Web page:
Think big picture and focus on the overall story trajectory. What would be the most logical – and interesting – progression from your current skill set and MBA education? How will your next step flow from the combination of those experiences? Ideally, your alternative path is not a massive departure, but simply shows the areas you could see yourself exploring if your primary plan doesn’t materialize.

You’ll have to boil your ideas down to a clear statement of what you plan to do, but if at all possible, the information provided in your resume, recommendation letters and other essays will logically support those plans.

It can be a challenge to show off your personality, accomplishments and aspirations in fewer words, but the short answer essays offer MBA applicants a chance to demonstrate top-notch writing skills. One of the most valuable skills in business is the ability to communicate precisely and concisely, so make sure every word counts.

Image credit: Flickr user Daniel Foster  (CC BY-NC-SA 2.0)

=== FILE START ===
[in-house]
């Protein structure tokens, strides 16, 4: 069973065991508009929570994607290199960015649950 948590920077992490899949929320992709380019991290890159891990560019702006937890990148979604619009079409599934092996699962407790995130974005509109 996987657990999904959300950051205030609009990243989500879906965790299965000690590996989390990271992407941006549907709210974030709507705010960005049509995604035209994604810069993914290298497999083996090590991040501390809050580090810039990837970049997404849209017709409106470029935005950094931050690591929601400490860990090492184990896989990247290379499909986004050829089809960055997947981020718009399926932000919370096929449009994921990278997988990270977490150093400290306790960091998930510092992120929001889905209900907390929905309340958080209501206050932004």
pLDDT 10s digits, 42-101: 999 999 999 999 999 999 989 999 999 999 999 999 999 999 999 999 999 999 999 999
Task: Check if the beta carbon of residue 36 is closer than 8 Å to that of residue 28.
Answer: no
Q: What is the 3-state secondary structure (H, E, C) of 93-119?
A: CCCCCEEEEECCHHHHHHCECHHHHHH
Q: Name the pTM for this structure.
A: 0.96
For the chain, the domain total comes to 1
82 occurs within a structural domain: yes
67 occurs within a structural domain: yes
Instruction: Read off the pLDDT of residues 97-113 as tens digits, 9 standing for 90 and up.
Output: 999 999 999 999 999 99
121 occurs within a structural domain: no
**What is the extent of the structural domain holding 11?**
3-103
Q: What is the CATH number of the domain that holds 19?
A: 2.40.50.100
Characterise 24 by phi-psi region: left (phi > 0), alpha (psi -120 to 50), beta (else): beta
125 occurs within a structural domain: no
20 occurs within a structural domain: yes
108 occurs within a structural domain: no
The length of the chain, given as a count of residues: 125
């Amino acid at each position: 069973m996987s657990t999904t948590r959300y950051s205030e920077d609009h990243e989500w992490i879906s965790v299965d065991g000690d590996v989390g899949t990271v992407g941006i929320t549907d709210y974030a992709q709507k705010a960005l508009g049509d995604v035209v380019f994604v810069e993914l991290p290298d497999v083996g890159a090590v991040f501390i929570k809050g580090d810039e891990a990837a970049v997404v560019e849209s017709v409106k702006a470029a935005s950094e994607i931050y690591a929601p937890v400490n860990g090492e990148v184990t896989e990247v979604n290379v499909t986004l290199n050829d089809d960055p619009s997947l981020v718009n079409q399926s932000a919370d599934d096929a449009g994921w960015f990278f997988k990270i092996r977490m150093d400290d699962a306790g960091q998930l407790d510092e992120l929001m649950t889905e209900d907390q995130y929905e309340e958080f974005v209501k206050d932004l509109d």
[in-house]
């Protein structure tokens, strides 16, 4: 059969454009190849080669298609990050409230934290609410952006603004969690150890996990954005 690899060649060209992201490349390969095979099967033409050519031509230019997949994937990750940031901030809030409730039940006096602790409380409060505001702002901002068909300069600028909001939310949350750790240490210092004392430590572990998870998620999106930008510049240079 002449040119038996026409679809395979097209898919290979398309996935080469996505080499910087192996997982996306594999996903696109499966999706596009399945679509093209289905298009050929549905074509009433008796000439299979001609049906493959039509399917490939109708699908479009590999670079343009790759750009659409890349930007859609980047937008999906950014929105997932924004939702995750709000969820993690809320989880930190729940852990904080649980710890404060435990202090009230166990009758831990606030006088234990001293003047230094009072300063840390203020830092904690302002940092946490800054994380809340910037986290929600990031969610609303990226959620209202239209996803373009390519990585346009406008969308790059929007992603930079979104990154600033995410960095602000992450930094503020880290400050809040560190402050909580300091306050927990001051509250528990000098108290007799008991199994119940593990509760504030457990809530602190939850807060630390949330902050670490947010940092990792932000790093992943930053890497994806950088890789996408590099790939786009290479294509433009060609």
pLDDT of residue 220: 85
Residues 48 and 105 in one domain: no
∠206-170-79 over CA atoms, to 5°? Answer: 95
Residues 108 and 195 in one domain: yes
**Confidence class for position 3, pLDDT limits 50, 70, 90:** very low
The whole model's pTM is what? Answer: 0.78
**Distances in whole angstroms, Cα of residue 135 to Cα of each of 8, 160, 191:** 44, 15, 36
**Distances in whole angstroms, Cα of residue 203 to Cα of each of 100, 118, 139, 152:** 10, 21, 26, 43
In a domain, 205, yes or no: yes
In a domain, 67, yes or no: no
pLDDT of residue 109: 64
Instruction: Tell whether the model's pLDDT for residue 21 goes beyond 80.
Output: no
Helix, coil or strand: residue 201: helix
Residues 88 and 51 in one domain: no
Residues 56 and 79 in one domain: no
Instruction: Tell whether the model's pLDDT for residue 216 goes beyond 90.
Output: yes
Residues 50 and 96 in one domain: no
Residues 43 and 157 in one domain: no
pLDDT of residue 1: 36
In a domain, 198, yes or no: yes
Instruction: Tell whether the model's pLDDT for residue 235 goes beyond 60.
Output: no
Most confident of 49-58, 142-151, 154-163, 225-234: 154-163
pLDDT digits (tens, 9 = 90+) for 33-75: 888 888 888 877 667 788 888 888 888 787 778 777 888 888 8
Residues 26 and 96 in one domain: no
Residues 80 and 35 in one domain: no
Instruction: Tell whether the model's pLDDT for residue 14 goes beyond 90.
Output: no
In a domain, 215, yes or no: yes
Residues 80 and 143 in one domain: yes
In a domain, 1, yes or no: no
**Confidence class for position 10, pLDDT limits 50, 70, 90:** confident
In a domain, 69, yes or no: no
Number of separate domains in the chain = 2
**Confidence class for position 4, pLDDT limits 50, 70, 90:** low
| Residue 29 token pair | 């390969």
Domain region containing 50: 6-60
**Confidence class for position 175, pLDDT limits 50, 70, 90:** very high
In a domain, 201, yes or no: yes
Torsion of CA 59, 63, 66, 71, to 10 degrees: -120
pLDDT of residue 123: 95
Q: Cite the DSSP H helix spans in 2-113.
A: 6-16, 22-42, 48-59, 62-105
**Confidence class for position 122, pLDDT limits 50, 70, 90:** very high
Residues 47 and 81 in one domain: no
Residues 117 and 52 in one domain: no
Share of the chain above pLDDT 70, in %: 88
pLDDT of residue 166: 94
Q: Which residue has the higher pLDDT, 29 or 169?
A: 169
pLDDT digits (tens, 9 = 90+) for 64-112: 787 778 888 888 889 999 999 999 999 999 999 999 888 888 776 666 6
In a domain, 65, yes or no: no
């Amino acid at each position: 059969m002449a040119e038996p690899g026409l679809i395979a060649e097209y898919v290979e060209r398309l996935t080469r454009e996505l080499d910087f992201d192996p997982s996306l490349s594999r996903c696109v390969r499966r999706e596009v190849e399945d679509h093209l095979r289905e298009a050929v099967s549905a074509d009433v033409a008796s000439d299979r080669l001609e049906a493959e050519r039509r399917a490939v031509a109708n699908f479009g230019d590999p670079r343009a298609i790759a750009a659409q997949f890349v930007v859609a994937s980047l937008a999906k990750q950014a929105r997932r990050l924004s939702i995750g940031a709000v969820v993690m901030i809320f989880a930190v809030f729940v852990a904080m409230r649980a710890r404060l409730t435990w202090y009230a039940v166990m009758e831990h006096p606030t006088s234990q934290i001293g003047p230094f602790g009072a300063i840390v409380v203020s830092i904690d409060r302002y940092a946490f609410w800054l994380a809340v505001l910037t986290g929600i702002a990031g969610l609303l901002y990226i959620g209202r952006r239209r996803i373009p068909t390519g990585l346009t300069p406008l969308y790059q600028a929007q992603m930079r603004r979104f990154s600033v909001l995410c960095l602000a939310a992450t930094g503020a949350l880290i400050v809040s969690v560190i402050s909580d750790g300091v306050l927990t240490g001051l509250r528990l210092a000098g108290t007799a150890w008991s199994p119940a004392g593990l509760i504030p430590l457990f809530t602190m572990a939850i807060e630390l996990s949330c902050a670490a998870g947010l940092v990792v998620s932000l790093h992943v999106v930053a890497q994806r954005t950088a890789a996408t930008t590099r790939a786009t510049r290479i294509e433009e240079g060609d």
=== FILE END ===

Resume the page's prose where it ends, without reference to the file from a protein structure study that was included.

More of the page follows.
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New Immersive Seminars at Columbia Business School

Columbia Business School recently launched a new immersive experience for its full-time MBA students that provides students the chance to interact with C-suite executives and discuss the future of business, ongoing challenges, opportunities, and strategies …

Columbia deadlines and essays

Columbia Business School recently launched a new immersive experience for its full-time MBA students that provides students the chance to interact with C-suite executives and discuss the future of business, ongoing challenges, opportunities, and strategies at play.